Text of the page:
Video search engines are the only technology competency area in the Related Case framework title. And there are 5 items in this technology competency area. The lowest factor load value of these items is 0.495. The Cronbach’s alpha value of this factor dimension, which explains 59.271% of the total variance, is 0.817.

Search Engines technology competency area in Information Resources framework title includes 4 items. The lowest factor load value of these 4 items is 0.574. And the only factor that emerges explains 69.254% of the variance. There are 3 items in the E-Museums technology competency area, while the lowest factor load value of these 3 items is 0.831. And 85.678% of the variance is explained by the only factor that occurs. Online Questionnaires technology competency area has 5 items, while the lowest factor load value of these 5 items is 0.456. And the only factor that emerges explains 70.824% of the variance. Web Feeds (RSS) technology competency area includes 4 items. The lowest factor load value of these 4 items is 0.678. And the only factor that emerges explains 75.513% of the variance. The Cronbach’s alpha value of these 16 items under the framework title of Information Resources (25–40) was calculated as 0.953.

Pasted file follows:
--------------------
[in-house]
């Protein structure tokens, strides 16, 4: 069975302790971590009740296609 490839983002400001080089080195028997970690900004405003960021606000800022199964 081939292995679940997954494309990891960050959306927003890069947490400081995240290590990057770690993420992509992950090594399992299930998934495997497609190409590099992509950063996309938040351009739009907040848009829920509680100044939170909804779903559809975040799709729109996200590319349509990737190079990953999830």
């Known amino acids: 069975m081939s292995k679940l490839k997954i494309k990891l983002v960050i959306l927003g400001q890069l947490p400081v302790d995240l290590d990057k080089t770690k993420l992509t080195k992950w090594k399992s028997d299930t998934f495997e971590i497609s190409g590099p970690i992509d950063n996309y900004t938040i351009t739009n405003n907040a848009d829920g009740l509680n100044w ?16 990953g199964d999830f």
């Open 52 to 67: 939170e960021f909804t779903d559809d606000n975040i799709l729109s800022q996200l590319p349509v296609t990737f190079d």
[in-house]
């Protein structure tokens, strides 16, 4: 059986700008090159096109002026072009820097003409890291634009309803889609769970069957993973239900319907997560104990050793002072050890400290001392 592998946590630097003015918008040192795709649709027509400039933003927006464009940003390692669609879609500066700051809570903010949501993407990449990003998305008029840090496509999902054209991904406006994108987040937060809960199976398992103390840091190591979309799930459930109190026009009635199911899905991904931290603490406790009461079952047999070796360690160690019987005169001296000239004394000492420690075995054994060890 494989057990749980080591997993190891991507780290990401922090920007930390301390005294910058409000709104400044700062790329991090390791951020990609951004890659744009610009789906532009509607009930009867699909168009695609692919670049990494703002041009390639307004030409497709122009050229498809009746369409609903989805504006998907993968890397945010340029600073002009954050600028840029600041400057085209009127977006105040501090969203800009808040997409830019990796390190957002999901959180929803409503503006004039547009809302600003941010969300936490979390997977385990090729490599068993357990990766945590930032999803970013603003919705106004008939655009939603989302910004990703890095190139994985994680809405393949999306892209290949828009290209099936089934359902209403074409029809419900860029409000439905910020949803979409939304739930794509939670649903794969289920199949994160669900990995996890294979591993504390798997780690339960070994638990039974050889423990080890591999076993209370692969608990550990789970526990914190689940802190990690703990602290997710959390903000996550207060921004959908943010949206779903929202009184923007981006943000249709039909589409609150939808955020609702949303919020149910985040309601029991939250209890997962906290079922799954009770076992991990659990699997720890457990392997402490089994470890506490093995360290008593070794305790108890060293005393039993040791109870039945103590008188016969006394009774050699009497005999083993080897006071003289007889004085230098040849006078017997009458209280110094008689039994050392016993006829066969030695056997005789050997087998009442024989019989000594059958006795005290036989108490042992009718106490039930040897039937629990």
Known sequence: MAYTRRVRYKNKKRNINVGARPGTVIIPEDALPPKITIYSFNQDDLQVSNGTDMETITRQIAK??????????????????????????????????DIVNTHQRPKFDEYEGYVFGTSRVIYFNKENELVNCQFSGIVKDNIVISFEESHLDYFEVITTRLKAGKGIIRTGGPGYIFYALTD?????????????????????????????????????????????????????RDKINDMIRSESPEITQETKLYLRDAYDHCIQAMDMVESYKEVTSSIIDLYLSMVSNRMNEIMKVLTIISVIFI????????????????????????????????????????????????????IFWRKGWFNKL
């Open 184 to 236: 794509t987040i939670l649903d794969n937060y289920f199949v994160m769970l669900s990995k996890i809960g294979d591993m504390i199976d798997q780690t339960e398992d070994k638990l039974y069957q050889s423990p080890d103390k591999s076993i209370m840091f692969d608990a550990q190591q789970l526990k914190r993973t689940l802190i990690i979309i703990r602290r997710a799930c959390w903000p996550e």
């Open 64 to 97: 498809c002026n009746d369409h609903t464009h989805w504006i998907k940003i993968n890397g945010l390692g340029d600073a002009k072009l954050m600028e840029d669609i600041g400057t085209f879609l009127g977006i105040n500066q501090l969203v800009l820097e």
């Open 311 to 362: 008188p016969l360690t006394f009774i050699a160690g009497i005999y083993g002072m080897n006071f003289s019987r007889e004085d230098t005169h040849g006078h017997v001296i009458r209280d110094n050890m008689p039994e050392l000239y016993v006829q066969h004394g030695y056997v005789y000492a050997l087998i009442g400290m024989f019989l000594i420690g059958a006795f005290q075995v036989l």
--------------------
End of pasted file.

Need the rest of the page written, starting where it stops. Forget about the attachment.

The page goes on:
Language Translation Software technology competency area in Cognitive (Knowledge-Construction) Tools framework title includes 3 items. The lowest factor load value of these 3 items is 0.689. And the only factor that emerges explains 77.611% of the variance. There are 4 items in the Office Software technology competency area, while the lowest factor load value of these 4 items is 0.692. And 77.933% of the variance is explained by the only factor that occurs. Creating/Editing Multimedia technology competency area has 9 items, while the lowest factor load value of these 9 items is 0.707. The total variance explanation rate of two factors emerging in Creating/Editing Multimedia technology competency area is 65.162%. Digital Calendar Application technology competency area includes 3 items. The lowest factor load value of these 3 items is 0.743. And the only factor that emerges explains 80.048% of the variance. The Cronbach’s alpha value of these 18 items under the framework title of Cognitive (Knowledge-Construction) Tools (41–59) was calculated as 0.953.